My son tested into APP last year and we kept him at his regular school which does not have any "advanced learning" programs. I'd like him to do APP in middle school and all the teachers said he'll be fine going from this school to APP in middle school. His school is very good at supplementing his education based on his ability. So I think spectrum to app should be fine.
Regarding the question of whether or not kindergartners and 1st graders need the Woodcock-Johnson III or rely upon their high MAP scores alone in an appeal,I sent an email to Bob Vaughan in November asking if an APP appeal for a kindergartner would need to include the Woodcock-Johnson (my daughter's MAP scores have been 99%) and received the following reply: "If your daughter were not to score high enough on the CoGAT to qualify for our inviting her for additional W-J III, then it would be important to obtain the W-J III tests at that time." I hope that answers your question. My daughter took the W-J III privately two weeks ago - it took less than 30 minutes and cost $150.
I now have the following email from one of the consulting teachers. "Thanks for the follow-up. I Checked with my colleagues after our conversation and can confirm that cognitive scores in the 98-99th percentile range will qualify ___ for APP. No further achievement testing will be required." I've printed out three copies and plan to include one in the appeal. But there is so much differing information!!!!
Our child was at TM for second grade and is now in third grade. He has has a very positive experience, both in his class and on the playground.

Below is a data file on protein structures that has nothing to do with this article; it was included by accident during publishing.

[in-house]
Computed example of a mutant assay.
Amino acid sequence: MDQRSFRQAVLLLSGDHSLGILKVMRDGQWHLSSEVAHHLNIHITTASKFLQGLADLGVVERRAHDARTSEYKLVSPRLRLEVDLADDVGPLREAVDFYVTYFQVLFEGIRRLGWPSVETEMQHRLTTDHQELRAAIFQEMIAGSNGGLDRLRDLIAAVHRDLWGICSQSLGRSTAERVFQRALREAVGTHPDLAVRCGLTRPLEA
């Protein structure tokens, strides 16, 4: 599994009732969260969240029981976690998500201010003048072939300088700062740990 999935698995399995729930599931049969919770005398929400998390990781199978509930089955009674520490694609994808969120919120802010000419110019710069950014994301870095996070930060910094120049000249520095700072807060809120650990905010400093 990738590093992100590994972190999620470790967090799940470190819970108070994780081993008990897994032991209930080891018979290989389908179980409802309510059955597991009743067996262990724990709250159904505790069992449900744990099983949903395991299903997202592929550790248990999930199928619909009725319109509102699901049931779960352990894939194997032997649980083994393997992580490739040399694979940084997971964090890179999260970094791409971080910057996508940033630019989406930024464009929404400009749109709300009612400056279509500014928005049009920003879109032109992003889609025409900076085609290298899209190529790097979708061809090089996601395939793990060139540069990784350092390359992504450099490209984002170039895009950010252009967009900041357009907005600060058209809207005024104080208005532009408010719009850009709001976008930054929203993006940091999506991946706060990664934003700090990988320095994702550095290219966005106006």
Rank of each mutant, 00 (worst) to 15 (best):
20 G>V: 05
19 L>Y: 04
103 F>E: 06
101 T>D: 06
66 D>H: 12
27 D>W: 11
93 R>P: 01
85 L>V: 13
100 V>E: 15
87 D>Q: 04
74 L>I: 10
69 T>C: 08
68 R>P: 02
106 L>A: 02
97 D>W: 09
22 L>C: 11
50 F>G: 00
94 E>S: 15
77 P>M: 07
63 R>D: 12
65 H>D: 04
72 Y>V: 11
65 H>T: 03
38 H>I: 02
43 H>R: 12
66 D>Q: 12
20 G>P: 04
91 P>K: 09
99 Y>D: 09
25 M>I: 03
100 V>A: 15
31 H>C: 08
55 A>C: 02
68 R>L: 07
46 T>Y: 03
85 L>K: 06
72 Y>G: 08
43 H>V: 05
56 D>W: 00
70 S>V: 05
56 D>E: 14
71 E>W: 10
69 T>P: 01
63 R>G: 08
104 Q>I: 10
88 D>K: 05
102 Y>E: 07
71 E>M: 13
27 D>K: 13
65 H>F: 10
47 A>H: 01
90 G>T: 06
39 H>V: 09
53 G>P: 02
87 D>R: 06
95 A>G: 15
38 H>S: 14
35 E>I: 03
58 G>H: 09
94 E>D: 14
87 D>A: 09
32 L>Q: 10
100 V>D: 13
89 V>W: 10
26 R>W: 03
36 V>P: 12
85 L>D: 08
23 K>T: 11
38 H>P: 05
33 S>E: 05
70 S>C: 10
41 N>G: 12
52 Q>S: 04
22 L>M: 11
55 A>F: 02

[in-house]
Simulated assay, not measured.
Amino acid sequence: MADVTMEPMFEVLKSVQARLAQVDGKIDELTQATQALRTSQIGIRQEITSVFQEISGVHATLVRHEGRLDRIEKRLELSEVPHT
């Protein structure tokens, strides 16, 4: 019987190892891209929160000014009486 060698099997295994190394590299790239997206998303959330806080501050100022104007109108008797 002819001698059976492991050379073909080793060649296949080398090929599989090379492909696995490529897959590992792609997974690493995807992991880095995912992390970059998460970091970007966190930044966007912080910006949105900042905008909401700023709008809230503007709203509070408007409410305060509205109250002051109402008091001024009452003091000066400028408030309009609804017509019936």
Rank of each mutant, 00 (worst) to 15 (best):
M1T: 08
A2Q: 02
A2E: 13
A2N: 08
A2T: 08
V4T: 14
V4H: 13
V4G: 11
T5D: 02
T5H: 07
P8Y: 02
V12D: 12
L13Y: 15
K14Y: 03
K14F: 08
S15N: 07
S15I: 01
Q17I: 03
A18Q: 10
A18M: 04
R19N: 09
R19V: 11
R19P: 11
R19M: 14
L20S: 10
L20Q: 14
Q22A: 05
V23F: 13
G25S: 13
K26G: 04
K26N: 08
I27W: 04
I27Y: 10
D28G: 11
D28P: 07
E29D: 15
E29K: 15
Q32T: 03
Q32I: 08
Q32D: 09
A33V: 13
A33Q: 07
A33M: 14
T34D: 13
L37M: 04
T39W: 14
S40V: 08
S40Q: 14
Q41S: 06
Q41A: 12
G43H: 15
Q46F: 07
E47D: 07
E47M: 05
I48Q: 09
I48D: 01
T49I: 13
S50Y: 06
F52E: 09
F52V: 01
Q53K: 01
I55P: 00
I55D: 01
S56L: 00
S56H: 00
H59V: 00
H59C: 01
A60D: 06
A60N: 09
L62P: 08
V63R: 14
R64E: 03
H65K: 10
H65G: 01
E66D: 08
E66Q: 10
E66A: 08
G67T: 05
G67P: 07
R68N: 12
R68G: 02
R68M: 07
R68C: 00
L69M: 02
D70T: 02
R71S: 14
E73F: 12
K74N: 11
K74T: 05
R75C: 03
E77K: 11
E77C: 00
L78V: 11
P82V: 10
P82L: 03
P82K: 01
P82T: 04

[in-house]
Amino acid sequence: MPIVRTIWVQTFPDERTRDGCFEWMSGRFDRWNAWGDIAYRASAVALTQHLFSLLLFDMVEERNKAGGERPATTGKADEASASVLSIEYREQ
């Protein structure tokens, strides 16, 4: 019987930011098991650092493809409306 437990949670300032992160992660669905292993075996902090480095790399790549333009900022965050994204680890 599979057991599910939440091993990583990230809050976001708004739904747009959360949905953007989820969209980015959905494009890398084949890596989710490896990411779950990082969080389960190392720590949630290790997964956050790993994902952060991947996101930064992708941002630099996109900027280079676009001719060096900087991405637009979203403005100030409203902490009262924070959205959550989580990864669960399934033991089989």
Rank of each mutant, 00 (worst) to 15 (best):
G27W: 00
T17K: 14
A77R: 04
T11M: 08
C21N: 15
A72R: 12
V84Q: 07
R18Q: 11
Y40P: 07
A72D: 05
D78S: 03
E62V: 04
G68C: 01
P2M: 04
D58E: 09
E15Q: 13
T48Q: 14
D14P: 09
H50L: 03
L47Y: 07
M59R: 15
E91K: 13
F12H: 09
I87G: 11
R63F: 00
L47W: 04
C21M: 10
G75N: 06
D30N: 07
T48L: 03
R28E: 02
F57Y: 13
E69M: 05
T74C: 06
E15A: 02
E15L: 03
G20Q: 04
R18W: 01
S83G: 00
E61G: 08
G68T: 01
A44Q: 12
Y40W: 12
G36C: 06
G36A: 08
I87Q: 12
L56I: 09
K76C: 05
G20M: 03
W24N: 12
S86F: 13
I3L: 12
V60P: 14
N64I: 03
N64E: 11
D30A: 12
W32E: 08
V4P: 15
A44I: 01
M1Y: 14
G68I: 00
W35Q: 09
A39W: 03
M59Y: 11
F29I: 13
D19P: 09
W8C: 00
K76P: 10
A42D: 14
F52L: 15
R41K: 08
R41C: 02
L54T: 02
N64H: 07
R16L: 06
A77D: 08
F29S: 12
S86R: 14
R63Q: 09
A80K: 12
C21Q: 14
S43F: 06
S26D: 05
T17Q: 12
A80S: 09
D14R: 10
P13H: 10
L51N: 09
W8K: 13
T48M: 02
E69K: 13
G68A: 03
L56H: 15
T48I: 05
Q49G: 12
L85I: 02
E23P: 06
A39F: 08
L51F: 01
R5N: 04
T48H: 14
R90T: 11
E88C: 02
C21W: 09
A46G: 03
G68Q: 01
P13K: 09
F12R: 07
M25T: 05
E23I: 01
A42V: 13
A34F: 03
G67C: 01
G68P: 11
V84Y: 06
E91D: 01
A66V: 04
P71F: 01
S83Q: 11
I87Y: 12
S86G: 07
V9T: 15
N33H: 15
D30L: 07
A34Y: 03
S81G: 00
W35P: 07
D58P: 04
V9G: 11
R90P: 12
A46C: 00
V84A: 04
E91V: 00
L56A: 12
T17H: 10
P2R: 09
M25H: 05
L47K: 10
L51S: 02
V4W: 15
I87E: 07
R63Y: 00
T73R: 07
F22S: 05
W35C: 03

To the parent who is wondering about joining APP in sixth grade: Our child did after being at Stevens for 6 years, and the APP LA/SS teacher said she wouldn't have guessed he was new to APP. The one downside from his perspective is that he would rather be with his close friends in Spectrum, which perhaps could be avoided by joining APP earlier.
I got my son's scores and he got 95% V-Q composite, he has 99% for both MAP scores. First year of testing he didn't make cut, second year he made APP but we didn't move him, 3rd year Spectrum. Wow, that's consistant. We keep testing so he's use to the test for middle school, he's staying at his neighborhood school till 5th grade and then either Spectrum or APP at Washington. His buddies are all going to WA (probably regular program).Interesting process for sure.
I thought that if a child qualified for APP in elementary, then chose Spectrum or AOL, they maintained their APP eligibility until entering middle school. If a child qualified, but did not choose Spectrum or AOL, the qualifying CogAT scores should still be valid for 3 years. They could be used for an appeal with qualifying achievement scores (though you still have to go through the District testing). It's good to keep copies of scores as I'm not sure the Advanced Learning Office maintains the records.
RE: the question of leaving your child at the spectrum elementary school and then moving to APP for middle school. Our daughter stayed at her local K-5 school which had an ALO program but will be going to APP for 6th grade in the Fall. I think she'll be fine for language arts/civics but we're having to do extra math work so she's prepared for 8th grade math in the fall.